October 25, 2023

Living with an eating disorder is often an isolating experience. The constant battle with intrusive thoughts, maladaptive behaviors, and overwhelming emotions can make people feel trapped within their own minds, detached from the world around them.

The path to healing lies in reaching out and nurturing meaningful connections with others. At Veritas, we use a multidisciplinary approach, combining the expertise of professionals from various fields to address the physical, psychological, and emotional aspects of the disorder. In addition to individual sessions with medical providers, dietitians, psychiatric providers, and therapists, group therapy is a pillar of our treatment. It is incorporated across our continuum of care levels, including our partial hospitalization (PHP) and intensive outpatient (IOP) programs.

Read on to learn the power of group therapy in Veritas Collaborative’s PHP and IOP programs.

October 18, 2023

**Content warning: This is one person’s story; everyone will have unique experiences in recovery and beyond. Some stories may mention eating disorder thoughts, behaviors, and symptoms. Please use your discretion when reading and speak with your support system as needed.

Natalie Colehower (she/her) is a 23-year-old Auburn University graduate currently living in Atlanta, Georgia. After her experience at Veritas Collaborative’s Eating Disorder Treatment Center in Atlanta, she has a calling to share her story and encourage those struggling that they are worthy just as they are!

Examining Your Relationship With Food

Have you ever considered your relationship with food? Is it positive, negative, a combination of both, or neutral? You could be rolling your eyes reading this and say, “Natalie I don’t think about food, I just eat what I want when I want and it’s not a ‘relationship,’ it’s food!”

That’s great! That is what I would call a positive relationship with food because it is joyful, and not bogged down by the food rules of society. That is where I strive to be one day.

I’m speaking to those of us who see food in not such a joyful light. Like a bad relationship, maybe your mind uses food to gaslight you, guilt you, scare you, or shame you. Maybe the strict food rules that have been drilled into you since childhood have slowly become rules that you live by—believing them to be the key to a “healthy” diet. This is the experience that I’ve had, but since I cannot speak for you, that’s where we will start.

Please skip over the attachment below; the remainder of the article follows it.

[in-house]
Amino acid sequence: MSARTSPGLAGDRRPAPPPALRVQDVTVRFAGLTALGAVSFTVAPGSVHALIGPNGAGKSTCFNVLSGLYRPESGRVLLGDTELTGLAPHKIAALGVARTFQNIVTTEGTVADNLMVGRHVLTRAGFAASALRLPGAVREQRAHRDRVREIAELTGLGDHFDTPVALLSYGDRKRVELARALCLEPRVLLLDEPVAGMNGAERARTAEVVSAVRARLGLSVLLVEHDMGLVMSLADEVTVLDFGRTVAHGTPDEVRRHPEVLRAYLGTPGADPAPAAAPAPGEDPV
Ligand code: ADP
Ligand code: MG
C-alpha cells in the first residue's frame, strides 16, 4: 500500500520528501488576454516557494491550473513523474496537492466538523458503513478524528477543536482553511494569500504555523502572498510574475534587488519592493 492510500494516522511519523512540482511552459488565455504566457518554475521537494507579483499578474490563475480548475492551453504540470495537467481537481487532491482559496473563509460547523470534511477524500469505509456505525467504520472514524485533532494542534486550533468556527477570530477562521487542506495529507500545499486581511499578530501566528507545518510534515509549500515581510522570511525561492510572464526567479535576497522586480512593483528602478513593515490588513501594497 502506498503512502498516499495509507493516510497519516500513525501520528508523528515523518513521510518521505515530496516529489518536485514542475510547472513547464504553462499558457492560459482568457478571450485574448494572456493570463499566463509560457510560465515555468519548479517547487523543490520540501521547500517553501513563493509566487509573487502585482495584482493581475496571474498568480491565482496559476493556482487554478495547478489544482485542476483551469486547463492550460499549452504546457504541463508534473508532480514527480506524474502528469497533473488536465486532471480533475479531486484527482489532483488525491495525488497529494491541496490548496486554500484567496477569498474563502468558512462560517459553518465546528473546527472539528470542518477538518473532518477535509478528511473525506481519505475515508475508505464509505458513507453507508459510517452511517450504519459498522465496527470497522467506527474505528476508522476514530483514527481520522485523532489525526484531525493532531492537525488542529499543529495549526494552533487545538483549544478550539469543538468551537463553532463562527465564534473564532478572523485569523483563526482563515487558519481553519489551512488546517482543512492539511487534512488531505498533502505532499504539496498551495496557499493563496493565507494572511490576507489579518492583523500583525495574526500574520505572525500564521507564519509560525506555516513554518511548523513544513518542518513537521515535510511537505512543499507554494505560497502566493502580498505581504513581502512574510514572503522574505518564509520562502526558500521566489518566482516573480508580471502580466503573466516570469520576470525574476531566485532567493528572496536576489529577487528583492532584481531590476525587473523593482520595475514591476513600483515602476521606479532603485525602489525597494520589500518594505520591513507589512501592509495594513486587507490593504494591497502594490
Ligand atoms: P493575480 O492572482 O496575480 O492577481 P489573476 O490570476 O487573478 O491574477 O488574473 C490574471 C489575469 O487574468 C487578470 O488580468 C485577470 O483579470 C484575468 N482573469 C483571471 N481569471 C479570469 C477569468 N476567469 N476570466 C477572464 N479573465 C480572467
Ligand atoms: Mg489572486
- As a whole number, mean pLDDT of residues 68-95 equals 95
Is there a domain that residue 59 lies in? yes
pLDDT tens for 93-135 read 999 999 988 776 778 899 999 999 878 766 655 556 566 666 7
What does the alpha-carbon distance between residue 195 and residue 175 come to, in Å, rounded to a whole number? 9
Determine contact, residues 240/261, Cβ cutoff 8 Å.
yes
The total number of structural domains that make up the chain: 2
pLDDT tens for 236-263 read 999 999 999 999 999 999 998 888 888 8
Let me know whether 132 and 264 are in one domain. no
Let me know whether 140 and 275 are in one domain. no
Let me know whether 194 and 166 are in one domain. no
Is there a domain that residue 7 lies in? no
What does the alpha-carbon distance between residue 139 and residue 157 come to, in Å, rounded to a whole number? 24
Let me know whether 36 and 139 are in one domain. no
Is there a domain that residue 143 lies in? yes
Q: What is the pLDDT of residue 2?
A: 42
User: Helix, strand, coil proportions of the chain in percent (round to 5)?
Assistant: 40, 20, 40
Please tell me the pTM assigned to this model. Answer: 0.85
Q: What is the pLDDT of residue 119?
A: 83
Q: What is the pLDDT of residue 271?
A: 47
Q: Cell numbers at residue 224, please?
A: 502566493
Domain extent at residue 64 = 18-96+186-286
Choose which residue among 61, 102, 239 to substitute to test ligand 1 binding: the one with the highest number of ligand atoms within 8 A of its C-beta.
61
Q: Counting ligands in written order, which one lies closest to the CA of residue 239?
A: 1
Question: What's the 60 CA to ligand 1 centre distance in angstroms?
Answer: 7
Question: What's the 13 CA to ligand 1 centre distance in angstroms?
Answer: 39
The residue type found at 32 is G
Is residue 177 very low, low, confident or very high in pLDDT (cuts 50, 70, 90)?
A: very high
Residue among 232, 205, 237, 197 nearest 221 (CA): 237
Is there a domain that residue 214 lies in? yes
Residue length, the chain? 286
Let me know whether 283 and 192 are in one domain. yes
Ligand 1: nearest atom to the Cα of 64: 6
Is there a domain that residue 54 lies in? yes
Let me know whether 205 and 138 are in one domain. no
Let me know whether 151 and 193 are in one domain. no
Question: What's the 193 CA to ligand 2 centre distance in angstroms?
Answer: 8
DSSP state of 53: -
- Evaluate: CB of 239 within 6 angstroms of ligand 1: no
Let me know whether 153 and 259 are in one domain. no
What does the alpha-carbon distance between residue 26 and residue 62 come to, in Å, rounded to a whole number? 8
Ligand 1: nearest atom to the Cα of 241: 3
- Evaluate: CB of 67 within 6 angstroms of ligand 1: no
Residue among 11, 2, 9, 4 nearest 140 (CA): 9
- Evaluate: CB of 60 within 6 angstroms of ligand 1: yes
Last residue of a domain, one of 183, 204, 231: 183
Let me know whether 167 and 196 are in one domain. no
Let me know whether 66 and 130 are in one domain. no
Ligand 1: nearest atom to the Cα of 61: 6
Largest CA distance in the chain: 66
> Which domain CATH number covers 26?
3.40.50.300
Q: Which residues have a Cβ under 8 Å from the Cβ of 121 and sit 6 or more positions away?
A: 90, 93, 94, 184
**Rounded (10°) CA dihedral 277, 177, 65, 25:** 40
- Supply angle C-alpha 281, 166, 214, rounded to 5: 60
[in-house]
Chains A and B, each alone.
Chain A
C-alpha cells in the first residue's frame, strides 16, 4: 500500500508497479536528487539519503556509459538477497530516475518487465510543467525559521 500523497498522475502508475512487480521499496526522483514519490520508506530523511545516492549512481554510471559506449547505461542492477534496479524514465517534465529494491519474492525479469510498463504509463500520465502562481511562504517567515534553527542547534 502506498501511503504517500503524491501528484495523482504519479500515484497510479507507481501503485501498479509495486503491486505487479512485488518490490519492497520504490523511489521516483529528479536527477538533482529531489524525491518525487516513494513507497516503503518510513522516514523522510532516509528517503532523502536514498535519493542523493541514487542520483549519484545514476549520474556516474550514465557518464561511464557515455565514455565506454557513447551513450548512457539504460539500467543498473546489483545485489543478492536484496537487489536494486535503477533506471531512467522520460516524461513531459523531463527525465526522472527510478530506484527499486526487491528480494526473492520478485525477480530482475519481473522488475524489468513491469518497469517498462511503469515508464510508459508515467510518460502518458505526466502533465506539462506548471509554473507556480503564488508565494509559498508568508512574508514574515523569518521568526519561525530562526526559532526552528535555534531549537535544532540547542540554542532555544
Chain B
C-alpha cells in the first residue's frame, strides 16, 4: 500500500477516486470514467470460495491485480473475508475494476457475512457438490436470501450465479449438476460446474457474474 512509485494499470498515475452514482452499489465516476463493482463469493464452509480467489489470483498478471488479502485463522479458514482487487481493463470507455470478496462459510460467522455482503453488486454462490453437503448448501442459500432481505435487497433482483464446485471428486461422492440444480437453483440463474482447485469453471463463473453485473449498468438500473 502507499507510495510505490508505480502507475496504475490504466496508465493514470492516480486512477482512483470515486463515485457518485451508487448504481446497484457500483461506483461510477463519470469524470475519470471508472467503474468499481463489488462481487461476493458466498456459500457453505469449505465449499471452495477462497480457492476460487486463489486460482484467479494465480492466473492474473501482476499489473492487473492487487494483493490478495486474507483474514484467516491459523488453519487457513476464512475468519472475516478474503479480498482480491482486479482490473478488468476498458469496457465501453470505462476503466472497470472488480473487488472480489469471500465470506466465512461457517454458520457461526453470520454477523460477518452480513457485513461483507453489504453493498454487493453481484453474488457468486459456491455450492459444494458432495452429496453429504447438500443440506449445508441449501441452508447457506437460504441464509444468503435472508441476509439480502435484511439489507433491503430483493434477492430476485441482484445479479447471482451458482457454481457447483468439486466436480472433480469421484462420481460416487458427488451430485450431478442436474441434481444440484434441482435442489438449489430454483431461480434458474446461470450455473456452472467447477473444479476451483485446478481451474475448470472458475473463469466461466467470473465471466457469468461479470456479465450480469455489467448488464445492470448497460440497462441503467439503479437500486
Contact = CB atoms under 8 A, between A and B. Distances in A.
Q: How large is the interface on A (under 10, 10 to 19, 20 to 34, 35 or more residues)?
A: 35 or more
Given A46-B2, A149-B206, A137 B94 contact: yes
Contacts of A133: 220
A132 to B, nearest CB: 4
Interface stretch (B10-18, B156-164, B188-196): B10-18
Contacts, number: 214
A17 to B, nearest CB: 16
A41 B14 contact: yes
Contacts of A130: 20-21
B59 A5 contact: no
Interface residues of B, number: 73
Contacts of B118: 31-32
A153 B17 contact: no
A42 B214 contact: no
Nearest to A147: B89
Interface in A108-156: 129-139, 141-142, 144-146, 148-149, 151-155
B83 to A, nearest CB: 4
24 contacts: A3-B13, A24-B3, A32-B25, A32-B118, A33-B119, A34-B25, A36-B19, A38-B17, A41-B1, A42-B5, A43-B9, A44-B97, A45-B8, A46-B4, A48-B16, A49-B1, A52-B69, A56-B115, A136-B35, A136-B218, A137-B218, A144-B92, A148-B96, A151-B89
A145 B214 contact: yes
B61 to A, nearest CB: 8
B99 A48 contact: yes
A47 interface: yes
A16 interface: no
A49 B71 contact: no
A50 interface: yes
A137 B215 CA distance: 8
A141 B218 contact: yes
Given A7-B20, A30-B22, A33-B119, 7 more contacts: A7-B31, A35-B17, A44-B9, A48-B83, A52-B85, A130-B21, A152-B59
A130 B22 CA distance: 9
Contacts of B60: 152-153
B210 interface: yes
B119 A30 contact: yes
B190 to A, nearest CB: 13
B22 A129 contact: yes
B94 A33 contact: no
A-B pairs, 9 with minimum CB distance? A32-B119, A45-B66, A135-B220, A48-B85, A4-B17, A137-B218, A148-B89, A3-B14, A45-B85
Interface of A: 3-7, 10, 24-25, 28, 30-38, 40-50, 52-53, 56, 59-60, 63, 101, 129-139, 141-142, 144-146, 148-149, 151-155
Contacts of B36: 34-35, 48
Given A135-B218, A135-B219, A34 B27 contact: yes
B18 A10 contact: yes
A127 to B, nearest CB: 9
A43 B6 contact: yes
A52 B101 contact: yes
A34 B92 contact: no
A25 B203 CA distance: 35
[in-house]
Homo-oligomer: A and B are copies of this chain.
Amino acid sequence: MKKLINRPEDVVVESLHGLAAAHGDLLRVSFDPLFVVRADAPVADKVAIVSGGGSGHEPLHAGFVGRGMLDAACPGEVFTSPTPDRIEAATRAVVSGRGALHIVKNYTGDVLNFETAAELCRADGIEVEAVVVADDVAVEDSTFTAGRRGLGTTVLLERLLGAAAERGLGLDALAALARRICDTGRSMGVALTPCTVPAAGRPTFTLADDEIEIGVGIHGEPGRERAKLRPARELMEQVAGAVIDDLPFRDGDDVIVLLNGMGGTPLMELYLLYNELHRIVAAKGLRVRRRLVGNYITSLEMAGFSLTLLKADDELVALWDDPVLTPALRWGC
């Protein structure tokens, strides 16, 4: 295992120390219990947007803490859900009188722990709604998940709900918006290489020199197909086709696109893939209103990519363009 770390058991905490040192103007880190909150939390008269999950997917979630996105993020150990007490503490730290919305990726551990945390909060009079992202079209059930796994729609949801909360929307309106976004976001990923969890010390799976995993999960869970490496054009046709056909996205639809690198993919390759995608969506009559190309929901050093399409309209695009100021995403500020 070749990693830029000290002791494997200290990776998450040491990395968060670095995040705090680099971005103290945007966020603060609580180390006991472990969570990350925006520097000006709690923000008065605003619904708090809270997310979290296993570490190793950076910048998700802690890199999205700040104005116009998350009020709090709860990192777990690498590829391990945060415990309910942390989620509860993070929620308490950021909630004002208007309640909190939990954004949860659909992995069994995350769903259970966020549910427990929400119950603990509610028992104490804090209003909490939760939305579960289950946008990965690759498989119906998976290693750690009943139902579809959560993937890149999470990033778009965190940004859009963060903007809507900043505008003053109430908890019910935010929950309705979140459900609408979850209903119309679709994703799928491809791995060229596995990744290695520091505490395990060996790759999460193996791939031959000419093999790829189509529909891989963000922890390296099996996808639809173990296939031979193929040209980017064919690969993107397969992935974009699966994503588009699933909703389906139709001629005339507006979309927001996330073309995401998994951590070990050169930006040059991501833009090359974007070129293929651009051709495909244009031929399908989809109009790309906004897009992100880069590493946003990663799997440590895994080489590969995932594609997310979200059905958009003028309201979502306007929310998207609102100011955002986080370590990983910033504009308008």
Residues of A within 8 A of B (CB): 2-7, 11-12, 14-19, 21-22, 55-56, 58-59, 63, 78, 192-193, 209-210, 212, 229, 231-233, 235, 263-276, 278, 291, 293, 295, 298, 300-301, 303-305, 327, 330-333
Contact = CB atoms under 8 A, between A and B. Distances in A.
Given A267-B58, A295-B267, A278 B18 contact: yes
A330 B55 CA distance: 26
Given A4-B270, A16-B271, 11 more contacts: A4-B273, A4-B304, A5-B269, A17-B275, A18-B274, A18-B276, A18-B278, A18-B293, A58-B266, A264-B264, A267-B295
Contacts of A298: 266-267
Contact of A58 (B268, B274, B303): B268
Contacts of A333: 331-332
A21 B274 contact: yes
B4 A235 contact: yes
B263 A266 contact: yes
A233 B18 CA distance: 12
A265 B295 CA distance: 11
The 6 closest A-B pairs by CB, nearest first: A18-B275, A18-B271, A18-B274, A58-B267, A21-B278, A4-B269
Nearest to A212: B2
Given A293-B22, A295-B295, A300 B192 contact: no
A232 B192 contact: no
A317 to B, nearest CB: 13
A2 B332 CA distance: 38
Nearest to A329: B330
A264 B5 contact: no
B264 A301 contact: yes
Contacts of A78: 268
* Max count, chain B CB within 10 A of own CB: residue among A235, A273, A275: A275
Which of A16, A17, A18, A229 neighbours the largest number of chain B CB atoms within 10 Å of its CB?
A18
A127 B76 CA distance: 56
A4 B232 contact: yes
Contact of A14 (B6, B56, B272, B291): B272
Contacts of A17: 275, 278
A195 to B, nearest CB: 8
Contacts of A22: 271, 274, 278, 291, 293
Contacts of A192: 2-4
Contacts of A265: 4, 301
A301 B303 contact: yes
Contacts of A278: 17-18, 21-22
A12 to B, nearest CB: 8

October 12, 2023

Sports can have an incredibly positive effect on people’s lives, promoting social connection, self-confidence, and skills in teamwork and leadership. However, athletes also grapple with unique challenges, particularly when it comes to their relationship with food and their bodies. Research has shown that participation in sports can trigger or exacerbate eating disorders in those who are susceptible.

Read on to learn why athletes are at special risk of developing eating disorders, the signs to watch out for, and how these disorders can affect athletic performance.

October 5, 2023

Your discharge from eating disorder treatment is in your rearview vision, and it shows. Your relationships with food, eating, and your body are in a markedly better place. You’re working daily to rebuild self-trust and compassion, and your connections with friends and family feel richer for it. You’re carving a personal identity entirely separate from your illness, returning to long-abandoned hobbies, seeking out new experiences, and goal-setting for the future. Life isn’t perfect, but you’re engaging with it in a way you never believed was possible when your eating disorder hijacked your time, thoughts, energy, and attention.

You’ve heard time and again that eating disorder recovery is a nonlinear journey. In fact, you’re told, the work is far from finished once your program ends. Even with the added meaning that recovery has injected into your life, you’re encountering your fair share of challenges and related intrusive thoughts. You want to continue on the path of your new life, but these struggles make you anxious about slipping back into disordered habits. It seems triggers can’t be escaped or ignored—how can you manage the urges that follow?